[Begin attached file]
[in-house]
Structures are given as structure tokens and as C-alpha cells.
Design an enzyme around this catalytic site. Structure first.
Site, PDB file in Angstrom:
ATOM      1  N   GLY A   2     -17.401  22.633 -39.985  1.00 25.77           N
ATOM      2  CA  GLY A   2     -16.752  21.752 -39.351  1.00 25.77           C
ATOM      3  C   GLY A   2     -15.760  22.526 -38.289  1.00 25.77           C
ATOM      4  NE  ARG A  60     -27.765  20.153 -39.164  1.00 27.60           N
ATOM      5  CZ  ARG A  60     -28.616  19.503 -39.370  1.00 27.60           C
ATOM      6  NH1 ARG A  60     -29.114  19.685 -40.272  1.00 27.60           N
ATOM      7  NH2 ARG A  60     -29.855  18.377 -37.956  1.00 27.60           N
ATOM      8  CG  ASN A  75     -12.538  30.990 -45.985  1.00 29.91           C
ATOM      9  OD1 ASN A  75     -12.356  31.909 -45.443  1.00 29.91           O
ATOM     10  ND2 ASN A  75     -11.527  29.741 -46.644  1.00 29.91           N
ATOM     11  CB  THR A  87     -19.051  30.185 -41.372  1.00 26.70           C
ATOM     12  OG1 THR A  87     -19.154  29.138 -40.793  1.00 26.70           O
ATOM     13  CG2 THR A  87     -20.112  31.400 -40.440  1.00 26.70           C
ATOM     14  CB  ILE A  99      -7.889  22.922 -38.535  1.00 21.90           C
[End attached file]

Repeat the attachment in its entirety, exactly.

[in-house]
Structures are given as structure tokens and as C-alpha cells.
Design an enzyme around this catalytic site. Structure first.
Site, PDB file in Angstrom:
ATOM      1  N   GLY A   2     -17.401  22.633 -39.985  1.00 25.77           N
ATOM      2  CA  GLY A   2     -16.752  21.752 -39.351  1.00 25.77           C
ATOM      3  C   GLY A   2     -15.760  22.526 -38.289  1.00 25.77           C
ATOM      4  NE  ARG A  60     -27.765  20.153 -39.164  1.00 27.60           N
ATOM      5  CZ  ARG A  60     -28.616  19.503 -39.370  1.00 27.60           C
ATOM      6  NH1 ARG A  60     -29.114  19.685 -40.272  1.00 27.60           N
ATOM      7  NH2 ARG A  60     -29.855  18.377 -37.956  1.00 27.60           N
ATOM      8  CG  ASN A  75     -12.538  30.990 -45.985  1.00 29.91           C
ATOM      9  OD1 ASN A  75     -12.356  31.909 -45.443  1.00 29.91           O
ATOM     10  ND2 ASN A  75     -11.527  29.741 -46.644  1.00 29.91           N
ATOM     11  CB  THR A  87     -19.051  30.185 -41.372  1.00 26.70           C
ATOM     12  OG1 THR A  87     -19.154  29.138 -40.793  1.00 26.70           O
ATOM     13  CG2 THR A  87     -20.112  31.400 -40.440  1.00 26.70           C
ATOM     14  CB  ILE A  99      -7.889  22.922 -38.535  1.00 21.90           C